The company appropriated social media tactics from viral activist groups, but couldn’t generate any positive press.

Tidal, Jay Z’s new music streaming service, was launched less than a month ago, but in its brief existence it has stirred up one of 2015’s biggest ongoing news stories. From the cryptic firsts tweets by endorsed celebrities, to the pompous press conference, to the transparent grasp for positive publicity, each phase of the company’s social media campaign has been more bizarre than the last. The latest, and possibly final chapter of the discussion is by far the most expected. Tidal flopped.

Peaking as the nineteenth most downloaded app in the app store, the service has since fallen out of the top 700. At this point, Tidal is more of a meme than anything else.

In more ways than one, the company’s approach to social media has taken an obvious influence from viral activism, the most successful example being Invisible Chidren’s Kony 2012 campaign. What a coincidence then that Invisible Children is shutting down in 2015. I wouldn’t be particularly surprised if Tidal did the same.

In theory, the company took a smart, educated approach to crafting its identity on social media. It began with a group of musicians from the top of the A-list changing their profile pictures on Twitter to a bright blue square, and urging fans to “turn the tide” and “make history” by doing the same. With backing by Kanye West, Rihanna, Madonna, and a squad of other pop stars, the campaign had all the star power that made Kony 2012 such a success and then some, even before the cause had been revealed.

As soon as that cause  was revealed to be $20-a-month hifi streaming service, support for the campaign all but disappeared. The cause was and still is noble-artists deserve to be paid for their work, and Spotify’s rate of $0.006 per stream, as Time reports, is not enough to actually help most artists. Many in the music industry are further bothered by Spotify’s free option, and the way in which it totally devalues music.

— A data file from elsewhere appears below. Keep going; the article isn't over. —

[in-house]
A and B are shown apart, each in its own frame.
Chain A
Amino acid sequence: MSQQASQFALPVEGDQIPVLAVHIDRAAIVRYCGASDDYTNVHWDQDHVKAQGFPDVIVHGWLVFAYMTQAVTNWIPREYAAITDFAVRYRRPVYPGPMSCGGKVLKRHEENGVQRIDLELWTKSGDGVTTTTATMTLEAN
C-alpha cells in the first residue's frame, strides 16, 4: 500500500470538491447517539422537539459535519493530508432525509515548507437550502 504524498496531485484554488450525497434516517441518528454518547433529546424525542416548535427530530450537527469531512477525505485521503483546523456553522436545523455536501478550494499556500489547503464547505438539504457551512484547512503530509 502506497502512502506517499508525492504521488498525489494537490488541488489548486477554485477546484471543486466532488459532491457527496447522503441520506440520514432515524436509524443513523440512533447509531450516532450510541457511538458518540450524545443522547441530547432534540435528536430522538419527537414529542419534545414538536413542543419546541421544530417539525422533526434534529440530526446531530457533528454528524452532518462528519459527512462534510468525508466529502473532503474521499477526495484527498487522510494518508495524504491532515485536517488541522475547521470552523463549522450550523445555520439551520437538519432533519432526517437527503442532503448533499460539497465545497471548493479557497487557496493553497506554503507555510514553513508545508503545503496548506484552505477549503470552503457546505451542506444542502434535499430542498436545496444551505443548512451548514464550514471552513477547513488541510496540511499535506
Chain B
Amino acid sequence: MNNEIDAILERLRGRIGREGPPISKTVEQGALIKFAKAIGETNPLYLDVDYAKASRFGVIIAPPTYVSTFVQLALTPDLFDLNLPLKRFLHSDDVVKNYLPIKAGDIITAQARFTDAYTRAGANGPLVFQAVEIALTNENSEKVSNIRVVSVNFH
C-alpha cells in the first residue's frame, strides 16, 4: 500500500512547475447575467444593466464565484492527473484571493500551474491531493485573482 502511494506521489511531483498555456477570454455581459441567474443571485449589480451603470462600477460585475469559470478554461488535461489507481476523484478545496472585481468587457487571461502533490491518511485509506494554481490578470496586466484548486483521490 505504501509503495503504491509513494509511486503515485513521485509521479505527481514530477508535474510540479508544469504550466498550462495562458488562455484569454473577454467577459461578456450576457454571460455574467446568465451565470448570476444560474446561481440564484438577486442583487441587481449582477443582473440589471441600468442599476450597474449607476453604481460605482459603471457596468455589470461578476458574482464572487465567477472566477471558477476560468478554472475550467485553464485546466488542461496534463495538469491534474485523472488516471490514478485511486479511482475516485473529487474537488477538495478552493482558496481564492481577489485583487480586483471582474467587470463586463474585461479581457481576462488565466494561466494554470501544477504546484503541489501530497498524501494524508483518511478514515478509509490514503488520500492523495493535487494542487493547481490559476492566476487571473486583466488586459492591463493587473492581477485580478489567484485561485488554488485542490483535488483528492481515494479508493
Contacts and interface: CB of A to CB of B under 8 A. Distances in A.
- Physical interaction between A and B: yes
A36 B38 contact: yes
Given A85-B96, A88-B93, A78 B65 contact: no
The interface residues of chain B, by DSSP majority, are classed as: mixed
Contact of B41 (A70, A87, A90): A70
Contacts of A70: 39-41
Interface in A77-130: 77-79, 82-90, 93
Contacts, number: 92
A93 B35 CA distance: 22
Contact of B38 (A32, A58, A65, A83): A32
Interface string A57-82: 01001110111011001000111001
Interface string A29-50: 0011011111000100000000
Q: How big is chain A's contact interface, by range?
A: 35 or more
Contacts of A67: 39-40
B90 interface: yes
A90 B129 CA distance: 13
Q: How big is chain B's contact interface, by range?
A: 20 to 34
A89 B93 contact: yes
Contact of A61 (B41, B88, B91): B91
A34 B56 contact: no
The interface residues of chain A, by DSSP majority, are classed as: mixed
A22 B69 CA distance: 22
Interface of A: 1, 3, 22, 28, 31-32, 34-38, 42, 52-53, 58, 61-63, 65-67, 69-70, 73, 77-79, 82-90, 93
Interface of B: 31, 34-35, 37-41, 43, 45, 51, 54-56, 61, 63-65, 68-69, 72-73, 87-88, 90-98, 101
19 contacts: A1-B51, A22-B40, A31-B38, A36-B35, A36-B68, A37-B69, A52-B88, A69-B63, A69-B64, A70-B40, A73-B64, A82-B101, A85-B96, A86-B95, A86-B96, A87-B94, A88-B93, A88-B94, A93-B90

Featured image taken as a screen grab from Jon Hopkins's Twitter account

Screen grab taken from Jon Hopkins’s Twitter account

On the other hand, Jay Z and Tidal vastly overestimate the general public’s sympathy for millionaire musicians. Pairing this message with some of the richest names in entertainment made the message seem disingenuous and the revolutionary language manipulative. In the weeks following, Tidal is seen as more of a villain than a hero. One would be hard pressed to find a single positive review of the service or positive commentary on the campaign anywhere on the internet from someone who is not being paid by Tidal.

As we discussed in class, its extremely difficult to persuade people into paying for what they are used to getting for free. This is the challenge that Tidal has failed to meet. While Tidal’s competitors must delight in its failure, the failure did reveal how negatively many react to the idea of paying for a music streaming service. This is particularly bad news for Spotify, a company that has yet to turn a profit, and will, in all likelihood, have to eventually do away with its free option as more subscribers force the company to pay more and more to artists and labels. The task is now up to Spotify, or another streaming service like Beats Music, to market its paid option as something either vital to the music industry or worthwhile to the customer. Judging how reliant Tidal was on the former, the next service would be wise to stick to the latter.

Featured image courtesy of Flickr user Nick Step


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